I don’t think Fredrik Backman and his translators can do wrong. I’ve read all but one of his published works and at least liked all of them . . . and most of them I loved. Published just in time for Christmas, The Deal of a Lifetime is a short story (though it is being marketed as a novella, with an $18 price tag to boot) about a successful father and his estranged son. The story is a letter written on Christmas Eve from the father to his son, in which he reveals all about himself: his triumphs and failures, both as a businessman and a parent.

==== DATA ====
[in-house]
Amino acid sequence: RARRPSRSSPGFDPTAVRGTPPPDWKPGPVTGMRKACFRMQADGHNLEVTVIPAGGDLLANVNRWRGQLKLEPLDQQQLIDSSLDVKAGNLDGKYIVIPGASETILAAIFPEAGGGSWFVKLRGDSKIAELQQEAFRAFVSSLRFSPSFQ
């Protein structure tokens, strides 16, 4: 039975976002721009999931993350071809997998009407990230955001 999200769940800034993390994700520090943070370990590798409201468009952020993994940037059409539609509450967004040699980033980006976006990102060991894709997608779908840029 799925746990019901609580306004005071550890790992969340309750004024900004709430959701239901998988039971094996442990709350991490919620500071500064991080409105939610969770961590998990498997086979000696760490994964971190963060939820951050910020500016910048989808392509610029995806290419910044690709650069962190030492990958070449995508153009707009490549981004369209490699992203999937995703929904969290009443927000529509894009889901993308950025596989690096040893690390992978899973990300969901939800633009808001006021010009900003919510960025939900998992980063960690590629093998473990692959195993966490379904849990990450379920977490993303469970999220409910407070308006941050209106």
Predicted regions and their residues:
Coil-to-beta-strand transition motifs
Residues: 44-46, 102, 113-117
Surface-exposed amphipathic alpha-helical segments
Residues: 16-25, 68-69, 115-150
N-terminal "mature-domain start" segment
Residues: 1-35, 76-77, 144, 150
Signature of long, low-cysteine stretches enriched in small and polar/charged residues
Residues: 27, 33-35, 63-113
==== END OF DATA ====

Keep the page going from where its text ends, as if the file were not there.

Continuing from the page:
Like most other Backman stories, this is a beautiful, heart-wrenching, and honest look at humanity and relationships. Written in sterling prose, this whole damn book is quotable. I found myself gasping in shock at least once a page at just how spot-on Backman’s writing is, and how real his characters feel. Though this story clocks in at a scant 66 pages, it has the depth and pay-off of a long novella, at least.
I am usually skeptical of purchasing such little books for hefty prices, but I feel I got my ten bucks’ worth and then some out of this. Backman never disappoints, and this has moved me to read Britt-Marie Was Here before the end of the year. A delightful and melancholy Christmas fairy tale, I suspect I will be reading The Deal of a Lifetime annually. My highest recommendation.